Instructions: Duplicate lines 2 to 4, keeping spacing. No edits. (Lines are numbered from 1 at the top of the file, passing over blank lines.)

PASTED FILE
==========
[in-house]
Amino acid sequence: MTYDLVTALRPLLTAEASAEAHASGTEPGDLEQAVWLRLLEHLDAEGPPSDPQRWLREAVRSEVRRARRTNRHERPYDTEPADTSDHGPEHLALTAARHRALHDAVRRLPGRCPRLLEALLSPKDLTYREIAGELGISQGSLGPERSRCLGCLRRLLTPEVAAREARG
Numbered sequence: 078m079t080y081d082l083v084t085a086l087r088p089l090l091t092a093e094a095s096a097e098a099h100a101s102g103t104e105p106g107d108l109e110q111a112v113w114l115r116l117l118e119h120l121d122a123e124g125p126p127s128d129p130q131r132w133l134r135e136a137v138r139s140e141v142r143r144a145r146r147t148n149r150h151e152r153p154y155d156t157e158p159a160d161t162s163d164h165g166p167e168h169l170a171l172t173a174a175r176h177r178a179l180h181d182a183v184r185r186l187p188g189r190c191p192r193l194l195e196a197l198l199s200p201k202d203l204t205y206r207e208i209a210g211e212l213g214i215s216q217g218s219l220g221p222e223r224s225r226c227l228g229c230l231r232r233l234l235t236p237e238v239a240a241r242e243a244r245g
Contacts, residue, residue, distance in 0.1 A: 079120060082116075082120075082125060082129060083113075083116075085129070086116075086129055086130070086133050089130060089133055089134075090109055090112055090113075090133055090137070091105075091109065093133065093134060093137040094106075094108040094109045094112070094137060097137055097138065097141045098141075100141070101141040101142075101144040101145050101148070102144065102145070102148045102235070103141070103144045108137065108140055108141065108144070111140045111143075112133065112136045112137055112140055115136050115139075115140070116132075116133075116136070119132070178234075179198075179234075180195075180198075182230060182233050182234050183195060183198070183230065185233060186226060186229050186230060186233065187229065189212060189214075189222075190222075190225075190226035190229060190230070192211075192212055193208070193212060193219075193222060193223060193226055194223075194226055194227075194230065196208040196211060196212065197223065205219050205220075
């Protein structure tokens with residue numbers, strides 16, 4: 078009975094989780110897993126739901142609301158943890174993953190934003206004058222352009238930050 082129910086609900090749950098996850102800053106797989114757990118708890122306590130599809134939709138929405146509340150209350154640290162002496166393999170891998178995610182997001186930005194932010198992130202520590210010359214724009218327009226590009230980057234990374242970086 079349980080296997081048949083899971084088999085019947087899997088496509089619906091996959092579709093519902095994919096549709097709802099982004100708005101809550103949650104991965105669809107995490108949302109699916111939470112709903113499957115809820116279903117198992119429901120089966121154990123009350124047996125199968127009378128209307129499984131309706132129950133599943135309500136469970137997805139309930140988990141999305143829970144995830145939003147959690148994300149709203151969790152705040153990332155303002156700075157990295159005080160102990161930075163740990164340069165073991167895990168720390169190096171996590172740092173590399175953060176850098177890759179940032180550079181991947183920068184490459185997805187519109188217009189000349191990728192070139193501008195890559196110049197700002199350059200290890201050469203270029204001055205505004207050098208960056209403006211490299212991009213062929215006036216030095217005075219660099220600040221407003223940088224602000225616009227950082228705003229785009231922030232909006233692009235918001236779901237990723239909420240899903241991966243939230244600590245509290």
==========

Amino acid sequence: MTYDLVTALRPLLTAEASAEAHASGTEPGDLEQAVWLRLLEHLDAEGPPSDPQRWLREAVRSEVRRARRTNRHERPYDTEPADTSDHGPEHLALTAARHRALHDAVRRLPGRCPRLLEALLSPKDLTYREIAGELGISQGSLGPERSRCLGCLRRLLTPEVAAREARG
Numbered sequence: 078m079t080y081d082l083v084t085a086l087r088p089l090l091t092a093e094a095s096a097e098a099h100a101s102g103t104e105p106g107d108l109e110q111a112v113w114l115r116l117l118e119h120l121d122a123e124g125p126p127s128d129p130q131r132w133l134r135e136a137v138r139s140e141v142r143r144a145r146r147t148n149r150h151e152r153p154y155d156t157e158p159a160d161t162s163d164h165g166p167e168h169l170a171l172t173a174a175r176h177r178a179l180h181d182a183v184r185r186l187p188g189r190c191p192r193l194l195e196a197l198l199s200p201k202d203l204t205y206r207e208i209a210g211e212l213g214i215s216q217g218s219l220g221p222e223r224s225r226c227l228g229c230l231r232r233l234l235t236p237e238v239a240a241r242e243a244r245g
Contacts, residue, residue, distance in 0.1 A: 079120060082116075082120075082125060082129060083113075083116075085129070086116075086129055086130070086133050089130060089133055089134075090109055090112055090113075090133055090137070091105075091109065093133065093134060093137040094106075094108040094109045094112070094137060097137055097138065097141045098141075100141070101141040101142075101144040101145050101148070102144065102145070102148045102235070103141070103144045108137065108140055108141065108144070111140045111143075112133065112136045112137055112140055115136050115139075115140070116132075116133075116136070119132070178234075179198075179234075180195075180198075182230060182233050182234050183195060183198070183230065185233060186226060186229050186230060186233065187229065189212060189214075189222075190222075190225075190226035190229060190230070192211075192212055193208070193212060193219075193222060193223060193226055194223075194226055194227075194230065196208040196211060196212065197223065205219050205220075